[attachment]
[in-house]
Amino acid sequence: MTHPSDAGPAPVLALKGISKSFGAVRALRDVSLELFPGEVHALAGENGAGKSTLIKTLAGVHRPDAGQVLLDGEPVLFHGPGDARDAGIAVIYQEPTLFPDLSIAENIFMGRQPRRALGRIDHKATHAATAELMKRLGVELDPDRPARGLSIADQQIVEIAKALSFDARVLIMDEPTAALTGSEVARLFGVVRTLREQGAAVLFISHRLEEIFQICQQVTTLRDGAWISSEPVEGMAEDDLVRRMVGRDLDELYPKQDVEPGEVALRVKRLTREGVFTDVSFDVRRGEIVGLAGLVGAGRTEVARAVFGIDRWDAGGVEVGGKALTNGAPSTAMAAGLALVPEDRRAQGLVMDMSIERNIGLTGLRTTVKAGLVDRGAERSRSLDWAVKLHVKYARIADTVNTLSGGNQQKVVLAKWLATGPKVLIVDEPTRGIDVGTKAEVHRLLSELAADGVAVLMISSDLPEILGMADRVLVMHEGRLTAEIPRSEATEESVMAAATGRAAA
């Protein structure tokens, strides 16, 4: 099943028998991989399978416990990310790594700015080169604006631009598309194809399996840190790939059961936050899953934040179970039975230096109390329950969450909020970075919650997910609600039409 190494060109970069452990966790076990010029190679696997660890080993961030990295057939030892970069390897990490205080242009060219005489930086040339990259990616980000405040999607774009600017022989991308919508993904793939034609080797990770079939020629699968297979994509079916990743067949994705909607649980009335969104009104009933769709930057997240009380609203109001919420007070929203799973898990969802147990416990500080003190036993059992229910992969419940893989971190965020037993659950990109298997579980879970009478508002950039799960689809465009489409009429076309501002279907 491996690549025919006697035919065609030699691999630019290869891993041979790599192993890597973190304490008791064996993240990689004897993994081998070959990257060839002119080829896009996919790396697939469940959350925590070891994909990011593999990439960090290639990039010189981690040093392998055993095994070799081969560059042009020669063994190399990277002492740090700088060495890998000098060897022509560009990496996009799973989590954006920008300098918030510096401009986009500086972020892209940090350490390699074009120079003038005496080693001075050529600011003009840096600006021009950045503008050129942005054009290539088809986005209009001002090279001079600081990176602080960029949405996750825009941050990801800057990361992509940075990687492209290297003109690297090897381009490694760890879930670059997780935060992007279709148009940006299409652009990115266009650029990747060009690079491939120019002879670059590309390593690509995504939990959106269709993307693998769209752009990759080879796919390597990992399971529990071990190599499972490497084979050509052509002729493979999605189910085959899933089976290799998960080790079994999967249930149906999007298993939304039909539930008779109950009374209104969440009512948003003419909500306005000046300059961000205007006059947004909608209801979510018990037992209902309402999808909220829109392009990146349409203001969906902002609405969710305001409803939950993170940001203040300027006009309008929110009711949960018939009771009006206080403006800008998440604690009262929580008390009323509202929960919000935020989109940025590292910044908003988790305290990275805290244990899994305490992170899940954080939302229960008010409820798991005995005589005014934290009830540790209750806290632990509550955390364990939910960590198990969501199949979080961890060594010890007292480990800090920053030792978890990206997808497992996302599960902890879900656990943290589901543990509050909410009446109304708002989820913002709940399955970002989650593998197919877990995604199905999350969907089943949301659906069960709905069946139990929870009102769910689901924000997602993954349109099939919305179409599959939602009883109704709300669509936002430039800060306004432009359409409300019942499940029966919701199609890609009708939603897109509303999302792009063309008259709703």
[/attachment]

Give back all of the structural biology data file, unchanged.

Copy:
[in-house]
Amino acid sequence: MTHPSDAGPAPVLALKGISKSFGAVRALRDVSLELFPGEVHALAGENGAGKSTLIKTLAGVHRPDAGQVLLDGEPVLFHGPGDARDAGIAVIYQEPTLFPDLSIAENIFMGRQPRRALGRIDHKATHAATAELMKRLGVELDPDRPARGLSIADQQIVEIAKALSFDARVLIMDEPTAALTGSEVARLFGVVRTLREQGAAVLFISHRLEEIFQICQQVTTLRDGAWISSEPVEGMAEDDLVRRMVGRDLDELYPKQDVEPGEVALRVKRLTREGVFTDVSFDVRRGEIVGLAGLVGAGRTEVARAVFGIDRWDAGGVEVGGKALTNGAPSTAMAAGLALVPEDRRAQGLVMDMSIERNIGLTGLRTTVKAGLVDRGAERSRSLDWAVKLHVKYARIADTVNTLSGGNQQKVVLAKWLATGPKVLIVDEPTRGIDVGTKAEVHRLLSELAADGVAVLMISSDLPEILGMADRVLVMHEGRLTAEIPRSEATEESVMAAATGRAAA
């Protein structure tokens, strides 16, 4: 099943028998991989399978416990990310790594700015080169604006631009598309194809399996840190790939059961936050899953934040179970039975230096109390329950969450909020970075919650997910609600039409 190494060109970069452990966790076990010029190679696997660890080993961030990295057939030892970069390897990490205080242009060219005489930086040339990259990616980000405040999607774009600017022989991308919508993904793939034609080797990770079939020629699968297979994509079916990743067949994705909607649980009335969104009104009933769709930057997240009380609203109001919420007070929203799973898990969802147990416990500080003190036993059992229910992969419940893989971190965020037993659950990109298997579980879970009478508002950039799960689809465009489409009429076309501002279907 491996690549025919006697035919065609030699691999630019290869891993041979790599192993890597973190304490008791064996993240990689004897993994081998070959990257060839002119080829896009996919790396697939469940959350925590070891994909990011593999990439960090290639990039010189981690040093392998055993095994070799081969560059042009020669063994190399990277002492740090700088060495890998000098060897022509560009990496996009799973989590954006920008300098918030510096401009986009500086972020892209940090350490390699074009120079003038005496080693001075050529600011003009840096600006021009950045503008050129942005054009290539088809986005209009001002090279001079600081990176602080960029949405996750825009941050990801800057990361992509940075990687492209290297003109690297090897381009490694760890879930670059997780935060992007279709148009940006299409652009990115266009650029990747060009690079491939120019002879670059590309390593690509995504939990959106269709993307693998769209752009990759080879796919390597990992399971529990071990190599499972490497084979050509052509002729493979999605189910085959899933089976290799998960080790079994999967249930149906999007298993939304039909539930008779109950009374209104969440009512948003003419909500306005000046300059961000205007006059947004909608209801979510018990037992209902309402999808909220829109392009990146349409203001969906902002609405969710305001409803939950993170940001203040300027006009309008929110009711949960018939009771009006206080403006800008998440604690009262929580008390009323509202929960919000935020989109940025590292910044908003988790305290990275805290244990899994305490992170899940954080939302229960008010409820798991005995005589005014934290009830540790209750806290632990509550955390364990939910960590198990969501199949979080961890060594010890007292480990800090920053030792978890990206997808497992996302599960902890879900656990943290589901543990509050909410009446109304708002989820913002709940399955970002989650593998197919877990995604199905999350969907089943949301659906069960709905069946139990929870009102769910689901924000997602993954349109099939919305179409599959939602009883109704709300669509936002430039800060306004432009359409409300019942499940029966919701199609890609009708939603897109509303999302792009063309008259709703």